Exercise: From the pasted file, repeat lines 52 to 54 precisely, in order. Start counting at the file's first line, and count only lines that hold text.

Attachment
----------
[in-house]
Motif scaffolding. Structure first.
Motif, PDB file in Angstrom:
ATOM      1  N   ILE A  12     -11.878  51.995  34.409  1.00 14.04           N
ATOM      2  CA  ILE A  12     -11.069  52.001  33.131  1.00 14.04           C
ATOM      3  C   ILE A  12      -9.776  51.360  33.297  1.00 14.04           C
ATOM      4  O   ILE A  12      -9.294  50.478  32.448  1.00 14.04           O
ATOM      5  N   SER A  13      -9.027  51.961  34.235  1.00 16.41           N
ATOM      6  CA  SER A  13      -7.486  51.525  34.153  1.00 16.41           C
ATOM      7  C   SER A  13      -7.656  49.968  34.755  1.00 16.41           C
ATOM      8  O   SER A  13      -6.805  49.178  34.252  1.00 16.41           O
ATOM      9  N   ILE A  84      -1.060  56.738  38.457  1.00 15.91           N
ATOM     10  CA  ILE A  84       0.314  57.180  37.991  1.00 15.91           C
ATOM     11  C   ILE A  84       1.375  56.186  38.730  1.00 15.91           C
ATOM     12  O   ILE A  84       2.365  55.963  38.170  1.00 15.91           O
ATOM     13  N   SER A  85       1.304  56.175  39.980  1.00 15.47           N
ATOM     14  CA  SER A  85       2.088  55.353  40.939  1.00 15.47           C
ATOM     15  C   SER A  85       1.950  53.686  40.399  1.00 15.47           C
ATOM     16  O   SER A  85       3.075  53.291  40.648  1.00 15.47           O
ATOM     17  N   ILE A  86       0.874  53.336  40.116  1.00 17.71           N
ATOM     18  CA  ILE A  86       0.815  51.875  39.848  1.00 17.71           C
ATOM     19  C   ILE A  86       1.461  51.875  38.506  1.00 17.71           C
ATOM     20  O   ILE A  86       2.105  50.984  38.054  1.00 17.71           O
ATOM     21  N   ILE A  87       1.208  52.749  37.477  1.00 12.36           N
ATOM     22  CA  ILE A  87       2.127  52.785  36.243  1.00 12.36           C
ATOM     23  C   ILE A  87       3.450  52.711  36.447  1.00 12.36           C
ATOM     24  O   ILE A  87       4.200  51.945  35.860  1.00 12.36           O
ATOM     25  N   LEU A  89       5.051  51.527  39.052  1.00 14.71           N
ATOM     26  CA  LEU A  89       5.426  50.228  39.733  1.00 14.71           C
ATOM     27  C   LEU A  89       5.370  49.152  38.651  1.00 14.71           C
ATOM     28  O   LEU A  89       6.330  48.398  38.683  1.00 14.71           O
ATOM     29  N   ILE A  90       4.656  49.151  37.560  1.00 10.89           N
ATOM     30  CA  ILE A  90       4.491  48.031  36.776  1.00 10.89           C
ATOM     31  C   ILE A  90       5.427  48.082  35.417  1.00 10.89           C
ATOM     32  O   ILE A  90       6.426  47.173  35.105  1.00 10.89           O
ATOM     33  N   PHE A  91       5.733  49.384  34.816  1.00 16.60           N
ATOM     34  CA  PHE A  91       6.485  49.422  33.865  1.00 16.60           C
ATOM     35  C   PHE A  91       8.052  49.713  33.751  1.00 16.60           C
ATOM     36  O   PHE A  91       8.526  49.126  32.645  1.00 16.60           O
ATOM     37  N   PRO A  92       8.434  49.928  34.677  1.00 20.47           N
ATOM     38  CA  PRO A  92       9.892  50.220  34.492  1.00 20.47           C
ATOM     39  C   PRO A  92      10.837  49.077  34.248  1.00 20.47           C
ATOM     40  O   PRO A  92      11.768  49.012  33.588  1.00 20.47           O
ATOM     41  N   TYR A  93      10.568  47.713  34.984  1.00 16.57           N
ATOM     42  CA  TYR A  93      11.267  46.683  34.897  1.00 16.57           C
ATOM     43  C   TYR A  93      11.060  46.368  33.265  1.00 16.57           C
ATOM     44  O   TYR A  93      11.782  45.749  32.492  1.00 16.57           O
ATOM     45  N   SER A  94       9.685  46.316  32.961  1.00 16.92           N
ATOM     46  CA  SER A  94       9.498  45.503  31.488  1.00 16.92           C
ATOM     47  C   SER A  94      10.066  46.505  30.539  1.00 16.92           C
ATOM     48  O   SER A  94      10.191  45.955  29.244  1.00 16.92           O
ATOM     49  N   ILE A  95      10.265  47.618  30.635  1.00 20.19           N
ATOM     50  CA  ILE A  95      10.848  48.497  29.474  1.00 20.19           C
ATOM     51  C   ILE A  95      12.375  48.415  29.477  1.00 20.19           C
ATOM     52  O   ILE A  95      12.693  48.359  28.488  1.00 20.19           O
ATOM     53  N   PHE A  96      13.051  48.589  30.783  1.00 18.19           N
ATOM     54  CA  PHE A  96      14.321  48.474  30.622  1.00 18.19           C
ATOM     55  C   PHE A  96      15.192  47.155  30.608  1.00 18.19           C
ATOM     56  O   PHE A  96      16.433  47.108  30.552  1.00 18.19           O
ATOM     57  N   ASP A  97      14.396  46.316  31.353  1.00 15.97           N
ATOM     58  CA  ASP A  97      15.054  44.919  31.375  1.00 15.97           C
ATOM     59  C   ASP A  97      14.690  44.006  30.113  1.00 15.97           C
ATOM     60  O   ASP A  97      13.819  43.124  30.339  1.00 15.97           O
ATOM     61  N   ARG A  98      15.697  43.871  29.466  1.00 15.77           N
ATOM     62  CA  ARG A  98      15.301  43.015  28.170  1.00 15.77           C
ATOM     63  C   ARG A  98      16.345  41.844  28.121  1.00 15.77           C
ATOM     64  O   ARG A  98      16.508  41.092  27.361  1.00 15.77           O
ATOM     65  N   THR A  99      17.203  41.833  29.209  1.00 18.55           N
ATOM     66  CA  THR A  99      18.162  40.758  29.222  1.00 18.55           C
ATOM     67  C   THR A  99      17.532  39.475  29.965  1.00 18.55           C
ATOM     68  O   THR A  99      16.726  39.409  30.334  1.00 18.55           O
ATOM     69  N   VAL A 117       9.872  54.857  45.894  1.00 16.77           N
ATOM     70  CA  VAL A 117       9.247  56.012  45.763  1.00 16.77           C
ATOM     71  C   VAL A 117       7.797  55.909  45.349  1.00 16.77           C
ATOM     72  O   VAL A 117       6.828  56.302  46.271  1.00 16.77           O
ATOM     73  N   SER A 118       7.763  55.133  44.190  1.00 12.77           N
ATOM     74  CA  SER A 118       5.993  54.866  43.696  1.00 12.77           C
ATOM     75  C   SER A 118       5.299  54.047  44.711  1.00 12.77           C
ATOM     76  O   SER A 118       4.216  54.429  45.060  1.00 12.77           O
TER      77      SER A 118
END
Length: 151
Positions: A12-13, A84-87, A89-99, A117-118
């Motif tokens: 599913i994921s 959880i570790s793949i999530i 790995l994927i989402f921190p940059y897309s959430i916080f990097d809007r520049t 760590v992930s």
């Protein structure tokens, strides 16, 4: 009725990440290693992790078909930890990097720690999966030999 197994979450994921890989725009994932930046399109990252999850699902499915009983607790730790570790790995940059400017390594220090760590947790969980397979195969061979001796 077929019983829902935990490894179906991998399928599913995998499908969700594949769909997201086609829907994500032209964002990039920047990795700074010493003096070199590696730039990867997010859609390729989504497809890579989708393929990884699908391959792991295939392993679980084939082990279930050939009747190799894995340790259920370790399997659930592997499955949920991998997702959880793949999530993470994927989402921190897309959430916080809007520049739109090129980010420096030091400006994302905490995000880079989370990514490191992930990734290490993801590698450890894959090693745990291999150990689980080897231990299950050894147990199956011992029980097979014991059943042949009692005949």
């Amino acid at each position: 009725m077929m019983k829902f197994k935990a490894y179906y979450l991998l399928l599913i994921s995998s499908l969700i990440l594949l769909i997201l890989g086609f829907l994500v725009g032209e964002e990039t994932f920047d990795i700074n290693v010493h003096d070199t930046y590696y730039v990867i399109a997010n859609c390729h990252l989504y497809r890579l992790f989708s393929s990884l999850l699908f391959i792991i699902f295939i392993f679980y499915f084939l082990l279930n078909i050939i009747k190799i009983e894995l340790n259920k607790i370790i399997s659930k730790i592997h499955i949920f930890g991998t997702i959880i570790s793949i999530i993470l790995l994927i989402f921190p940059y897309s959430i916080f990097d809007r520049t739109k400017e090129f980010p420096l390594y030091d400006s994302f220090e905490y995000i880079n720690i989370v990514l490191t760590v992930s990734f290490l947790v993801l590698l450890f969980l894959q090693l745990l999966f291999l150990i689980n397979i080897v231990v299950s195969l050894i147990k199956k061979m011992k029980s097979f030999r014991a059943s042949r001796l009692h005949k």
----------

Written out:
ATOM     49  N   ILE A  95      10.265  47.618  30.635  1.00 20.19           N
ATOM     50  CA  ILE A  95      10.848  48.497  29.474  1.00 20.19           C
ATOM     51  C   ILE A  95      12.375  48.415  29.477  1.00 20.19           C